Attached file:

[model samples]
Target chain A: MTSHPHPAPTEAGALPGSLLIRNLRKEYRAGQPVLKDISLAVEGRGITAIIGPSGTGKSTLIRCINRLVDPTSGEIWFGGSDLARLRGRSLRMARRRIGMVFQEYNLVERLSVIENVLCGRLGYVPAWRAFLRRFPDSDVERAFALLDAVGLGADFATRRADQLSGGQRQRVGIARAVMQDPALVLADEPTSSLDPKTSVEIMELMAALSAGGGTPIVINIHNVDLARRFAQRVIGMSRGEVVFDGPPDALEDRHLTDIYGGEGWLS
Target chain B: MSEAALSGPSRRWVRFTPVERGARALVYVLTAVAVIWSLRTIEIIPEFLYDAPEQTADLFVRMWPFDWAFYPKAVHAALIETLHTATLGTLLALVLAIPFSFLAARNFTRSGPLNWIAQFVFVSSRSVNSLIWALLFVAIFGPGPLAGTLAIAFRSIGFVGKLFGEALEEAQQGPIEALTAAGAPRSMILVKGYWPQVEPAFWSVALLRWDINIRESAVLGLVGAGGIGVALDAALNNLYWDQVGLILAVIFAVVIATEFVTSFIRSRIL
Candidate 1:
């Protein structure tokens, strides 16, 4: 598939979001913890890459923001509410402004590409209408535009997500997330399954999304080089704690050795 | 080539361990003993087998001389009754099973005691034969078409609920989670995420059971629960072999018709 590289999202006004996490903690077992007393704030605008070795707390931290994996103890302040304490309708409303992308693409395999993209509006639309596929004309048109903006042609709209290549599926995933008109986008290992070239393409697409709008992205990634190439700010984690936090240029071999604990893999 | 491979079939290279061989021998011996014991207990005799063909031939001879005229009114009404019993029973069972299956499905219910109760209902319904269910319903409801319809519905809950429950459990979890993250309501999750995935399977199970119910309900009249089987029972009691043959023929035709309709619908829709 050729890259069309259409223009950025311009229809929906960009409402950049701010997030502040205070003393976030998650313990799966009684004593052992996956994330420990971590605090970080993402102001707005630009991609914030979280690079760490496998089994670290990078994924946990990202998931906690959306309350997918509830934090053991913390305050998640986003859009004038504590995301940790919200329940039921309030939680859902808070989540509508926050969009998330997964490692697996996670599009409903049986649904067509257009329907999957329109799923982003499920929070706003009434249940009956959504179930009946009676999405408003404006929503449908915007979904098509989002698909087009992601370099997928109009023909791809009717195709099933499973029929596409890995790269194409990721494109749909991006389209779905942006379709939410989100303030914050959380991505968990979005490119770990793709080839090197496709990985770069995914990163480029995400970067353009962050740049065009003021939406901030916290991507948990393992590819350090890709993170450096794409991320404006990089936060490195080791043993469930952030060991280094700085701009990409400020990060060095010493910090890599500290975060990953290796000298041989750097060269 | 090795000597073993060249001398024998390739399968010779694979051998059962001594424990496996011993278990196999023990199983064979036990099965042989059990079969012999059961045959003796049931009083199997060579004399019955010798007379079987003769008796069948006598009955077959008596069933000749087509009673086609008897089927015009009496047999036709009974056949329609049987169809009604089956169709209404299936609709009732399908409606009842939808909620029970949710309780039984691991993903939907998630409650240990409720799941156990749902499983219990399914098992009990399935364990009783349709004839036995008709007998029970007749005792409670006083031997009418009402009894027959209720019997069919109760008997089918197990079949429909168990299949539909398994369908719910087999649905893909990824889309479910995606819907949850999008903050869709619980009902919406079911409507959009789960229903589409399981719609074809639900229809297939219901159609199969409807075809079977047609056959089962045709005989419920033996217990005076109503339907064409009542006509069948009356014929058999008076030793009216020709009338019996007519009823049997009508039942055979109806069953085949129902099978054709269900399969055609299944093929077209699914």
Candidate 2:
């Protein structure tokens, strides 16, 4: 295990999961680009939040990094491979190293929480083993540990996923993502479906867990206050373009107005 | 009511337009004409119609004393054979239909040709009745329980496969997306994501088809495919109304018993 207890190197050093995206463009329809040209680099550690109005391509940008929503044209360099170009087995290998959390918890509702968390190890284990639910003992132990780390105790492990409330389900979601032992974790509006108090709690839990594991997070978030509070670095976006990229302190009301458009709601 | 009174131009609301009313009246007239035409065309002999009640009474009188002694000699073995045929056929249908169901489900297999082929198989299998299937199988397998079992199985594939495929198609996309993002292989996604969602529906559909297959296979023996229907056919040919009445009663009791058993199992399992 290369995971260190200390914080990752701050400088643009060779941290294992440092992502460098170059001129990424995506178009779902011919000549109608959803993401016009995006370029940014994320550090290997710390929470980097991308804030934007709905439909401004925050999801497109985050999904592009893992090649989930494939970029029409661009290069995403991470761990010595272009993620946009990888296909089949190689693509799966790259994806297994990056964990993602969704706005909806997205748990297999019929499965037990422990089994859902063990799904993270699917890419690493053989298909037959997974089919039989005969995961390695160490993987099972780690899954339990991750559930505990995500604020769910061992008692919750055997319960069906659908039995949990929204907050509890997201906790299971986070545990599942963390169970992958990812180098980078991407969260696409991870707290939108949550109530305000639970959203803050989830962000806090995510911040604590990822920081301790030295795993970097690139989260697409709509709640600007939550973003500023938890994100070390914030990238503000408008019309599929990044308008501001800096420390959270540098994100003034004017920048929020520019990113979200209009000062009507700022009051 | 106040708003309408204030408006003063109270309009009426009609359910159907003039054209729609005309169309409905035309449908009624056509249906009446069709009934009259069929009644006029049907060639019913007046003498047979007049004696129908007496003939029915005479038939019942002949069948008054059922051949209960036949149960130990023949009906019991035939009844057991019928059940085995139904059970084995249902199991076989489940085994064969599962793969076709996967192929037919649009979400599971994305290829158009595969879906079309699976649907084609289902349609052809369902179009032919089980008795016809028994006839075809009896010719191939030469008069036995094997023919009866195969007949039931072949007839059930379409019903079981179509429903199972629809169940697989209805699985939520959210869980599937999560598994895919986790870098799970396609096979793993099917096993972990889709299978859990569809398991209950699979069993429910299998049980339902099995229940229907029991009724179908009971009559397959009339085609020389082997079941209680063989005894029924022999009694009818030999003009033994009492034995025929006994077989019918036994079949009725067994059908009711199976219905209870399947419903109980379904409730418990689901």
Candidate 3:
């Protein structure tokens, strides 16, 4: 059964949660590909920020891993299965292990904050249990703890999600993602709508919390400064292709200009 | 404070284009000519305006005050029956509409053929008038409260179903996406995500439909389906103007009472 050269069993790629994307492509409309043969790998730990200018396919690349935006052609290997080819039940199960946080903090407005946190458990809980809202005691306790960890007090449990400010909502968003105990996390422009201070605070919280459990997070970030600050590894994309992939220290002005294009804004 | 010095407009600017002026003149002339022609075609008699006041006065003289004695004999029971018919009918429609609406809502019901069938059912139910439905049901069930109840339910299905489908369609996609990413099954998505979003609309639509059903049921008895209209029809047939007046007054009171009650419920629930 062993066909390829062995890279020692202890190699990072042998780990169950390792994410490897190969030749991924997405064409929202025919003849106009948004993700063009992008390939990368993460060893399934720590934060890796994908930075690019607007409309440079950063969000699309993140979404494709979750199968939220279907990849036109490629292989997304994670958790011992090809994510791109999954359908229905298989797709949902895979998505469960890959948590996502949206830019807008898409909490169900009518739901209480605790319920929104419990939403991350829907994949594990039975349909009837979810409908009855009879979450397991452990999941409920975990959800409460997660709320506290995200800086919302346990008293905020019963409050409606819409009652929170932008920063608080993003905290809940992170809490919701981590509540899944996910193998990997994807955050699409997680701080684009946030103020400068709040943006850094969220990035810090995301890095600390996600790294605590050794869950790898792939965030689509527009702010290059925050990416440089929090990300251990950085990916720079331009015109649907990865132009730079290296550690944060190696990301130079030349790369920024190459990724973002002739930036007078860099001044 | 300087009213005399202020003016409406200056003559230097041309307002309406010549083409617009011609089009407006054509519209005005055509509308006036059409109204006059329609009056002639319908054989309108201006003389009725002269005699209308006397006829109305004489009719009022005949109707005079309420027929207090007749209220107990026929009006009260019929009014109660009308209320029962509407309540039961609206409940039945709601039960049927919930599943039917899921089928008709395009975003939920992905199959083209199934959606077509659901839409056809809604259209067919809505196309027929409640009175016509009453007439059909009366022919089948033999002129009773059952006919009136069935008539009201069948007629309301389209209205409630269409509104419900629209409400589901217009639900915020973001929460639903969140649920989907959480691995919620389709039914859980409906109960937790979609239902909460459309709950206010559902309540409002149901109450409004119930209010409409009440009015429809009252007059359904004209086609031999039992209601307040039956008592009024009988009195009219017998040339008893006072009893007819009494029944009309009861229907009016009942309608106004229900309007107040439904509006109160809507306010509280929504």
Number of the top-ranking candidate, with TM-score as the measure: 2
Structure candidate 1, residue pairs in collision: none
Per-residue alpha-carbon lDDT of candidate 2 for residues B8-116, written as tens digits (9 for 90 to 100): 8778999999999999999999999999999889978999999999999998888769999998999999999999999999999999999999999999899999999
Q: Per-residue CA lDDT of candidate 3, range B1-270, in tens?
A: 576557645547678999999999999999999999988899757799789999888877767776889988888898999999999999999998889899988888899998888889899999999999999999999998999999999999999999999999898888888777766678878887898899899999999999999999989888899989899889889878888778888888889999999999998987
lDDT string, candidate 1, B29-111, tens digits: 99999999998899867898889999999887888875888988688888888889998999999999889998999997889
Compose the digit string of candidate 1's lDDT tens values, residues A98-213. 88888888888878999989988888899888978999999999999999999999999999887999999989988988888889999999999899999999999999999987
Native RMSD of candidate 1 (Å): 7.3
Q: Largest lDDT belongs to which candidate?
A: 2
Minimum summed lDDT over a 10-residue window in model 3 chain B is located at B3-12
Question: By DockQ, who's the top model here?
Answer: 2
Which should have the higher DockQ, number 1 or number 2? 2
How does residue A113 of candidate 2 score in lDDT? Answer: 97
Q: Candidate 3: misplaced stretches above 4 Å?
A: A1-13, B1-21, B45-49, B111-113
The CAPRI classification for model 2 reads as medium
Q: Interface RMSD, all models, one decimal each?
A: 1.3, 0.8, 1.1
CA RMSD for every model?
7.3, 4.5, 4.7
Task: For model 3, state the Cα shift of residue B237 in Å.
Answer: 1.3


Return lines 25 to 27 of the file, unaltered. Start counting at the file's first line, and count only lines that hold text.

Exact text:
Q: Candidate 3: misplaced stretches above 4 Å?
A: A1-13, B1-21, B45-49, B111-113
The CAPRI classification for model 2 reads as medium